Air Bud: Golden Receiver - *

Air Bud: Golden Receiver

In just a year since the original Air Bud hit the movie theaters, a sequel has hurriedly been made. This despite the fact that the titular star of the original died shortly after the premiere. But don’t let the hurried production fool you into thinking they may have had a great story idea on their hands. Air Bud: Golden Receiver is just as idealess as the original.

Apparently, Air Bud’s basketball-shooting trick isn’t such a difficult one after all. In under a year since the original Air Bud, a replacement dog has been found and trained to duplicate the original Buddy’s basketball shooting feat. In addition, this new Buddy is also able to catch a football…making him a two-trick puppy.

Air Bud’s pal Josh (Kevin Zegers) is back, and manages to make the basketball-to-football transition along with his pet pooch. But Josh also has some more family problems to deal with in this installment. His mother (now played by Cynthia Stevenson) has begun to date for the first time since the death of Josh’s dad. And even though she finds the perfect man (a vet, no less), played by Gregory Harrison, Josh still can’t conceive of anyone replacing his father.

And Buddy is in more trouble this time around (though in a completely ridiculous and completely unrelated subplot). In the original Air Bud, he was targeted by an evil clown. For the sequel, the baddies are Russian animal circus owner Natalya (Nora Dunn) and her inept sidekick Popov (Perry Anzilotti).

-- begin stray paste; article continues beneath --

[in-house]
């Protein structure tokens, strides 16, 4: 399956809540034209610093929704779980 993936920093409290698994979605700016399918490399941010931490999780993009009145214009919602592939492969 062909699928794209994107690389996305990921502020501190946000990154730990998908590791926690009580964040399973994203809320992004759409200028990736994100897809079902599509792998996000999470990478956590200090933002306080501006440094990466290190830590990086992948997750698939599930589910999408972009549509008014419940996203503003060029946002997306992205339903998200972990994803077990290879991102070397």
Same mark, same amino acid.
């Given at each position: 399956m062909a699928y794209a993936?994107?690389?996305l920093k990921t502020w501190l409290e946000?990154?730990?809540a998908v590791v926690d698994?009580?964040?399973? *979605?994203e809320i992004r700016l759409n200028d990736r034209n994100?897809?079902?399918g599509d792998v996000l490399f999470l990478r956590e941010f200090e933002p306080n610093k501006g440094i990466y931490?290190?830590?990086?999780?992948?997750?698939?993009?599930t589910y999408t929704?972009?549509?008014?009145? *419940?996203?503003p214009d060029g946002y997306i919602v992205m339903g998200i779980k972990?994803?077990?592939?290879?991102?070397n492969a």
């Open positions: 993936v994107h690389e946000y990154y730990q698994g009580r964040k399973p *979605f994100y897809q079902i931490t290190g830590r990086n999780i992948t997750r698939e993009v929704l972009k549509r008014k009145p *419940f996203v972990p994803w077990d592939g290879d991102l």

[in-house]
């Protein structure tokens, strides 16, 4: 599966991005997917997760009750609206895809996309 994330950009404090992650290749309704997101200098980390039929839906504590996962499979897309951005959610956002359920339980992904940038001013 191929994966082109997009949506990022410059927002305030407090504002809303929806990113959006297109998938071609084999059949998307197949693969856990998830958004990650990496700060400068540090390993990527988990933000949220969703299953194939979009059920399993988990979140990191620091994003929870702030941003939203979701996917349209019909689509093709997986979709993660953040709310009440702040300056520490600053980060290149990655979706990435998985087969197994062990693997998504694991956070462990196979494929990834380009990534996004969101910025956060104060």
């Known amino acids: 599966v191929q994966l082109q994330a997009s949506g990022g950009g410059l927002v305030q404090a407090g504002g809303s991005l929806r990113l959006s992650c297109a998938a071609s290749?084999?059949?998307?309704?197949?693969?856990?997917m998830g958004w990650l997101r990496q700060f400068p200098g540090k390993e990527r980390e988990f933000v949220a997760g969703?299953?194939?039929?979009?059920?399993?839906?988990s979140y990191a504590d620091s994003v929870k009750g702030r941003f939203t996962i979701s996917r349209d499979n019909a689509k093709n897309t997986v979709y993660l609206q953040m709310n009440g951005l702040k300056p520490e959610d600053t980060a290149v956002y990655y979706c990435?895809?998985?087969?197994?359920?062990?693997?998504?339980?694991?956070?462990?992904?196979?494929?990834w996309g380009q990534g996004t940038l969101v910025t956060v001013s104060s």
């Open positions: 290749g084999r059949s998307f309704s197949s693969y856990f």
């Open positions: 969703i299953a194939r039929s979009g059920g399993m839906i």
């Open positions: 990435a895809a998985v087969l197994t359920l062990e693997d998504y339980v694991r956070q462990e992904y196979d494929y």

People (and children) who for some reason enjoyed the first Air Bud will find more of the same here. The rest of us will only find more tedium, more repetition, and more sheer annoyance.

The main problem with this film, as well as the original, is that it is completely based upon a dog trick. In this case, the dog trick isn’t all that unusual. You don’t see a basketball shooting dog every day, but ball-catching ones are a dime a dozen.

At least the family subplot in this one holds a bit more substance, if not any spontaneity. But the entire circus-plot should have been axed. Nora Dunn’s atrocious Russian accent is nearly enough to make you run screaming from the theater. Add in chimpanzee, skunk and llama hijinks and you’re definitely brewing up trouble. (What the heck is a skunk doing in an animal circus anyway?)

The only bright spot in the movie is the fact that the dog is cute, which may certainly be enough for children. However, there are plenty of better kids films out there than this one

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